background-image: url('../images/flags.png');
background-repeat: no-repeat;
.flags-canada {
height: 128px;
background-position: -5px -5px;
.flags-usa {
height: 135px;
background-position: -5px -143px;
.flags-mexico {
height: 147px;
background-position: -5px -288px;


The creation of sprites is not really controllable. Therefore, a variety of tools for all platforms and operating systems is provided. You can do this under a node or on a system, that has installed a node. Take Spring as an example. This is how you install it:

$ npm install sprity -g

Then you combine all the pictures of a folder into sprites:

$ sprity ./outputfolder/ ./inputfolder/*.png

General and Banal


Generally, you should be sure not to use these certain techniques:

  • Try to avoid redirects
  • Try to avoid frames/iframes
  • Try to avoid DNS lookups (absolute paths)


Spreading assets on various hosts are called off-loading and look like this:

  • www.greatsite.com
  • images.greatsite.com
  • scripts.greatsite.com


Essentially, browsers only send a certain number of requests per host (between 6 and 13) and if you have three hosts, this triples the available range. With static assets, you should avoid cookies and headers, if possible.


Absolutely use Gzip/Deflate for compression. It should be available on practically all systems. Then configure the server in such a way that it uses Gzip. ETag (entity brand) is not needed—you can remove this header field if you want to.


Client-Site Optimization

Client-Site Optimization

Here is only a short overview of the possibilities. These are simply suggestions, and you can find many more examples on the Internet.


Handling Pictures

If modern browsers are available, use inline pictures. Particularly for dynamic pictures, for rare or frequently changing ones, this method is favorable. 

You should never scale pictures, but always compute them before (on the server) and compress them before delivering. Use font libraries, so-called symbol fonts, if possible.


Font-based symbols are more streamlined, whereas individual pictures and symbols have more stringent requirements. All symbols are loaded as fonts, thus they exist in a file. However, symbols are more like letters.


Their size can change, but they can only accept one color. Fonts are mostly fine if you don’t mind the 3D effect ones. For fast, modern web pages, Glyphs is far more established.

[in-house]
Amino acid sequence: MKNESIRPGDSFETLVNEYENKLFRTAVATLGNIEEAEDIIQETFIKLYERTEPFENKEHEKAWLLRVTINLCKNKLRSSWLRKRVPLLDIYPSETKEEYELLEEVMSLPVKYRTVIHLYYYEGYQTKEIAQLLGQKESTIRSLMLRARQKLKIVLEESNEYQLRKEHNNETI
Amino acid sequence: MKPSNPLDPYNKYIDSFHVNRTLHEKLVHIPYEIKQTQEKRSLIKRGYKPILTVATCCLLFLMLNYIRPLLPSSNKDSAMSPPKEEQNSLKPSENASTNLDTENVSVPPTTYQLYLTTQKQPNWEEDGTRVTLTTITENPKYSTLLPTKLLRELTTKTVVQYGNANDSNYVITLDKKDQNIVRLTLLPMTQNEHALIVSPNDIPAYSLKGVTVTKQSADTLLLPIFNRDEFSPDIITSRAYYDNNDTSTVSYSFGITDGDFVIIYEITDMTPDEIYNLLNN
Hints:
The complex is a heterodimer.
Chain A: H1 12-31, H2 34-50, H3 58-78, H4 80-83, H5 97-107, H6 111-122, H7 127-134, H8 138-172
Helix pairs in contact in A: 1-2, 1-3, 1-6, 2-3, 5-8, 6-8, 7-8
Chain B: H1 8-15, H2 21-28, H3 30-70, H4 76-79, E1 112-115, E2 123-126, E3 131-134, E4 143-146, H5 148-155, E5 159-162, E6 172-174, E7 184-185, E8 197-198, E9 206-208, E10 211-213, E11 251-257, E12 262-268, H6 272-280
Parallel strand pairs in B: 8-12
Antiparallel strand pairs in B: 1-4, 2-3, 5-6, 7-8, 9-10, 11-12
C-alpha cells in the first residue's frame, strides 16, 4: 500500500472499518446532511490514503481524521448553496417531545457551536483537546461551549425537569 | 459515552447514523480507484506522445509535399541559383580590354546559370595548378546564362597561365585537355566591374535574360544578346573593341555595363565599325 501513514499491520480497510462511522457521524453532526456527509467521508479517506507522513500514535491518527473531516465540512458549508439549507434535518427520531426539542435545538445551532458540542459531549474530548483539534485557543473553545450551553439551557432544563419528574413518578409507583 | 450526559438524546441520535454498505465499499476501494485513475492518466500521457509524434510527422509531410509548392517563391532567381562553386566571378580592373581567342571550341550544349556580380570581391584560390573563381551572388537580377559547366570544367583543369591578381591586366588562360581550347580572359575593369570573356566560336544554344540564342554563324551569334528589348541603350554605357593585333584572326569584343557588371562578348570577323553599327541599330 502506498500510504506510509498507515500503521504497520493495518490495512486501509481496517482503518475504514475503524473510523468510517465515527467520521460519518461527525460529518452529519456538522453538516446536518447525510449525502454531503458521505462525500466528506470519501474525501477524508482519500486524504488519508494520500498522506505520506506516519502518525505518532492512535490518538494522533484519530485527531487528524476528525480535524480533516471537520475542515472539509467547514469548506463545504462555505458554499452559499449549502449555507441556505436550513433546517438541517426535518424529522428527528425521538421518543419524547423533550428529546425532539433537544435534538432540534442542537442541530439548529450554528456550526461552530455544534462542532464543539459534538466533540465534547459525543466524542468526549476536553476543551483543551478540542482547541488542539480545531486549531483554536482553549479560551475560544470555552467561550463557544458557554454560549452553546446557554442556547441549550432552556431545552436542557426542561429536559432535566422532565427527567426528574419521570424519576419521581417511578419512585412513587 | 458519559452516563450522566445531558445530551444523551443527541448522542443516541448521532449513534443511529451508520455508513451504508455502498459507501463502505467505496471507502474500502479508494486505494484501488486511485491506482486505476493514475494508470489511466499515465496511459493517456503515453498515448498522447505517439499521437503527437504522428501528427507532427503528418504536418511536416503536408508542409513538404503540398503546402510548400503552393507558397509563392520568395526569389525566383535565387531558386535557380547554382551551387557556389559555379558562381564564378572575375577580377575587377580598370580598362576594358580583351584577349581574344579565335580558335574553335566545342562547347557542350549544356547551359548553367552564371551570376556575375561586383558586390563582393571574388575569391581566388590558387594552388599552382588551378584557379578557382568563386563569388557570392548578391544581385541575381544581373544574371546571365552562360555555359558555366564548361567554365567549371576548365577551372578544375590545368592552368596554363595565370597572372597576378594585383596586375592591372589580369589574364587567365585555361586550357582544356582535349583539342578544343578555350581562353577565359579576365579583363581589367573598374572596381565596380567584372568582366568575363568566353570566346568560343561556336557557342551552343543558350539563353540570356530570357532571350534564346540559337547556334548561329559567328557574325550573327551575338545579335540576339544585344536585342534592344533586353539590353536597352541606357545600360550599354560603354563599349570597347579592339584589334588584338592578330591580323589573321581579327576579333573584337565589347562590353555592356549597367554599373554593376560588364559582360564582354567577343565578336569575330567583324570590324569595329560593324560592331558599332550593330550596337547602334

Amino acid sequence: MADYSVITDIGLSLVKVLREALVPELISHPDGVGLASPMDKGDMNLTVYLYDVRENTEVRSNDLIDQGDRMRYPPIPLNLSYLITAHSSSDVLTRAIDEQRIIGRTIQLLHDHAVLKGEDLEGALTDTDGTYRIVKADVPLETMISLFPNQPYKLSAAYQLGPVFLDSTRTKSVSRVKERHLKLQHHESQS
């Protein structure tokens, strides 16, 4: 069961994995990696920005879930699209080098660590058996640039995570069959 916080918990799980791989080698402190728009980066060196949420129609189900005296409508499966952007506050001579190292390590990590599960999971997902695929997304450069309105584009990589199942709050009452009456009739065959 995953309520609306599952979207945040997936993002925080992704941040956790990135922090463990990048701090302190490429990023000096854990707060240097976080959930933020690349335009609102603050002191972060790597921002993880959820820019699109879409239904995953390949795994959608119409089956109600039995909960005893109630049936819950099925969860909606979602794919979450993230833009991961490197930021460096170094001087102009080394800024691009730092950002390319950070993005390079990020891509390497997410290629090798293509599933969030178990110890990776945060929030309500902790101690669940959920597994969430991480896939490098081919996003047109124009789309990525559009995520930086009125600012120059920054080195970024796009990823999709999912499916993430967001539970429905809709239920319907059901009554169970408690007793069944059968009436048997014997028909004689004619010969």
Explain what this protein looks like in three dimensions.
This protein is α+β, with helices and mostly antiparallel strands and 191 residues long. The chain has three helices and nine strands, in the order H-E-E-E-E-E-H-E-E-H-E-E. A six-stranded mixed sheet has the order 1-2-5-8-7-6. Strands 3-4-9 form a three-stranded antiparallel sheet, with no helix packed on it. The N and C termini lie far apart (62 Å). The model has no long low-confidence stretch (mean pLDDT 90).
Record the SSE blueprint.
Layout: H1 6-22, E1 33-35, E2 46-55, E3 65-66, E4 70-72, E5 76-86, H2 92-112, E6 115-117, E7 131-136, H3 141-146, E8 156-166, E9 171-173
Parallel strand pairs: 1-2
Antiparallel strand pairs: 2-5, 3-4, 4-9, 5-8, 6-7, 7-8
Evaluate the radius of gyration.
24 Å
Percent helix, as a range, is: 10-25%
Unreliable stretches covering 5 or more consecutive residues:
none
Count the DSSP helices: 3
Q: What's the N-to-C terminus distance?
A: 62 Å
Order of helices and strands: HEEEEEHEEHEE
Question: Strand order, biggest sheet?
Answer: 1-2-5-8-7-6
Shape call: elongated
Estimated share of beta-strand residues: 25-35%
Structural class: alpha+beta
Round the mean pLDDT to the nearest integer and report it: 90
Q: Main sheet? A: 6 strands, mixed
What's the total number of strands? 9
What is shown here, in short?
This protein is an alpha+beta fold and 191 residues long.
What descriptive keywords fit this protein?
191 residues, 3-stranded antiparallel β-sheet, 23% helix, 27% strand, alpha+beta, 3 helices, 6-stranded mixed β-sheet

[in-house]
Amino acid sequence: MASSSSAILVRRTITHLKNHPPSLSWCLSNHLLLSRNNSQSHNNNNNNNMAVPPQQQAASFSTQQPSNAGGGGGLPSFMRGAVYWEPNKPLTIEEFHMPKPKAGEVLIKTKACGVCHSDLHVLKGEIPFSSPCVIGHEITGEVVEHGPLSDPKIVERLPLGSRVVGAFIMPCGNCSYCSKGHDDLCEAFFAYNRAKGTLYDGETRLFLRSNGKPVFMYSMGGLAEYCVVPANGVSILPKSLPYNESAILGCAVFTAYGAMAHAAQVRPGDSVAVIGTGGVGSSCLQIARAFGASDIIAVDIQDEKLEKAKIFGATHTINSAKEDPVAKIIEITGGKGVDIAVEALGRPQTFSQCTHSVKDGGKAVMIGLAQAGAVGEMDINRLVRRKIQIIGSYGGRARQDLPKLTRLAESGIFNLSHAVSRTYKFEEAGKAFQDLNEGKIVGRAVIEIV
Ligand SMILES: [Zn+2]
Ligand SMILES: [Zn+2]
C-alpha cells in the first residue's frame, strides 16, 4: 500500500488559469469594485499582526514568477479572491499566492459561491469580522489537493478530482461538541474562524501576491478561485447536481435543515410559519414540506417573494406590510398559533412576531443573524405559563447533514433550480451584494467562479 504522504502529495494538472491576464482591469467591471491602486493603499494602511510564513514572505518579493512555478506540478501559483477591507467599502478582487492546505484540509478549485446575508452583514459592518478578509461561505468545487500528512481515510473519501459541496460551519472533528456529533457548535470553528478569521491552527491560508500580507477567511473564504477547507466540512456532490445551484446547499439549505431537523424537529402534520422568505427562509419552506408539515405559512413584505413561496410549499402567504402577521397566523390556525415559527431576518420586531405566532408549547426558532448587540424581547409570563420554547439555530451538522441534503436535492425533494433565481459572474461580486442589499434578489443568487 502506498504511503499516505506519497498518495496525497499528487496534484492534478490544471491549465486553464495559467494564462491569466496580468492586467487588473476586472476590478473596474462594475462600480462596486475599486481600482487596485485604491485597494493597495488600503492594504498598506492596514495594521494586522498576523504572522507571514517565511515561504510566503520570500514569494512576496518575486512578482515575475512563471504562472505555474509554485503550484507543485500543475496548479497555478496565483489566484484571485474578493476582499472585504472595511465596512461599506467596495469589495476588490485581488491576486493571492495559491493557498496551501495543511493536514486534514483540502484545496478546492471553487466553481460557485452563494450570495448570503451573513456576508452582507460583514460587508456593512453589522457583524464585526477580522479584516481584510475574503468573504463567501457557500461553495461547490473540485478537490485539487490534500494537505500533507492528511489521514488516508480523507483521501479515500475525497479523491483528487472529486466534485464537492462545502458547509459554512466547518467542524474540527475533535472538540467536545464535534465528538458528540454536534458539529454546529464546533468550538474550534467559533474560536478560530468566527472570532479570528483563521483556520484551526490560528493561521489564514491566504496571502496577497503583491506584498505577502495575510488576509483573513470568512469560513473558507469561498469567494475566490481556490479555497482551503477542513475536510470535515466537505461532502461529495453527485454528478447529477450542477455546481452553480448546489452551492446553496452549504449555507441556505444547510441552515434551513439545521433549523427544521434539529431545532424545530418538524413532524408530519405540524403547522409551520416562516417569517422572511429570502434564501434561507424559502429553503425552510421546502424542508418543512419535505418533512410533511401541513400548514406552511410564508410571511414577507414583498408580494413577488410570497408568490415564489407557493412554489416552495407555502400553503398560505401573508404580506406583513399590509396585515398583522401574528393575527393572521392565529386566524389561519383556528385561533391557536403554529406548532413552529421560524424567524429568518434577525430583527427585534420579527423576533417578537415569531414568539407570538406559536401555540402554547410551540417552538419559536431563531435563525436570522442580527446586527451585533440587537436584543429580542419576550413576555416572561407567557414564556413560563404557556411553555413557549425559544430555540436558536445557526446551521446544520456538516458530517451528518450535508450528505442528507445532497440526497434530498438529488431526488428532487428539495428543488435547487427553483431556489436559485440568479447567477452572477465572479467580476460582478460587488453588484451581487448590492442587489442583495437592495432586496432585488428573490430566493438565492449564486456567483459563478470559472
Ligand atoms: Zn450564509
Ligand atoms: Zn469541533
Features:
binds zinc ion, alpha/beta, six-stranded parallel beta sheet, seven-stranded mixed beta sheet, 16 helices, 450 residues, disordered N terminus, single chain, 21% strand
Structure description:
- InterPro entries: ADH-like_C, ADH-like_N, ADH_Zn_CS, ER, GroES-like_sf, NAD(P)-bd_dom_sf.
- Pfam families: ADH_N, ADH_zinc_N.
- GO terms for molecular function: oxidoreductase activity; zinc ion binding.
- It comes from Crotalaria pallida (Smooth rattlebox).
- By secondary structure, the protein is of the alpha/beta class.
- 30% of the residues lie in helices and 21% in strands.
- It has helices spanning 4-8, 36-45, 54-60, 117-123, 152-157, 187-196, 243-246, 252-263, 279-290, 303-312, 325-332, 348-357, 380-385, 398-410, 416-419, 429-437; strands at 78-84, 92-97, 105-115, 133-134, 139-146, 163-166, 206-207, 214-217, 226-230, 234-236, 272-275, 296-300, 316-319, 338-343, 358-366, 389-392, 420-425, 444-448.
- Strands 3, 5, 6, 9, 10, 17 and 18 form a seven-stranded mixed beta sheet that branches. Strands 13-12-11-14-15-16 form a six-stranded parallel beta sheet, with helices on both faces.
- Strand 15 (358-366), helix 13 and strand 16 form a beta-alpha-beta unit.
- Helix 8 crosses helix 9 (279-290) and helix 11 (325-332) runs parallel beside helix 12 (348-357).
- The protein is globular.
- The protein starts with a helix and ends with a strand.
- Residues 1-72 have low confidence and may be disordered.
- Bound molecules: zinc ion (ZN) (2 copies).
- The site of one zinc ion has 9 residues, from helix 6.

Some examples

  • Font Awesome: 479 symbols
  • Octicons, the GitHub Icons: 160 symbols
  • Elegant Icon Font: 350 symbols
  • Typicons: 336 symbols
  • Meteocons: 40 Weather symbols
  • Open Iconic: 223 symbols that can’t be reduced to eight pixels


This is certainly only a small selection. Be sure to search around to find options that meet your exact needs. If you use JPG files, try to remove any junk data. This is the meta-information that adds cameras, partly in programs such as Photoshop.


Kilobytes of information is wasted that way, such as for the date, camera data, etc. Generally, pay attention to the suitable image format.

Handling the DOM

Handling the DOM

The JavaScript language is extremely fast. What’s problematic is accessing elements in the object tree of the site (document object model, DOM). To illustrate this, look at this jQuery example:




.css('position': 'absolute')

.css('top', '200px')

.css('left', '200px');

An element gets addressed as #dialog-window and is accessed six times in a row. This is very unfortunate. It’s better to do it the following way, which changes all values with one access:


width: '600px',

height: '400px',

position: 'absolute',

top: '200px',

left: '200px' });


Here a batch is provided when rendering. Provide dynamic DOM blocks separately and insert the entire tree in one step. This leads to the screen refreshing on many indication procedures. You should know that the browser draws the surface each time the DOM is changed.


Sequences with many small changes require a substantial amount of computing power. Even if this is available, it means nevertheless a lot of battery service life will be used if you’re using a mobile device.




The rules permit the examination of the shapeliness of documents by the processing program without knowledge of the grammar of the language. The term shapeliness, which means “well-formed,” is a basic characteristic of markup languages. A document is considered shapely if the following features apply:


  • All tags are syntactically correct. All beginning tags have an end tag, whereby upper- and lowercase are to be considered. Each opening tag must have a closing tag. Alternatively, one tag can be closed directly.


  • All attributes are syntactically correct. Parameters of the attributes must always be placed in quotation marks. In addition, shortened attributes, those without parameters, are not permitted.




In a second processing step, the grammar must be naturally checked. It concerns their relation permitted tags and the possibly applicable attributes. This step is called validation.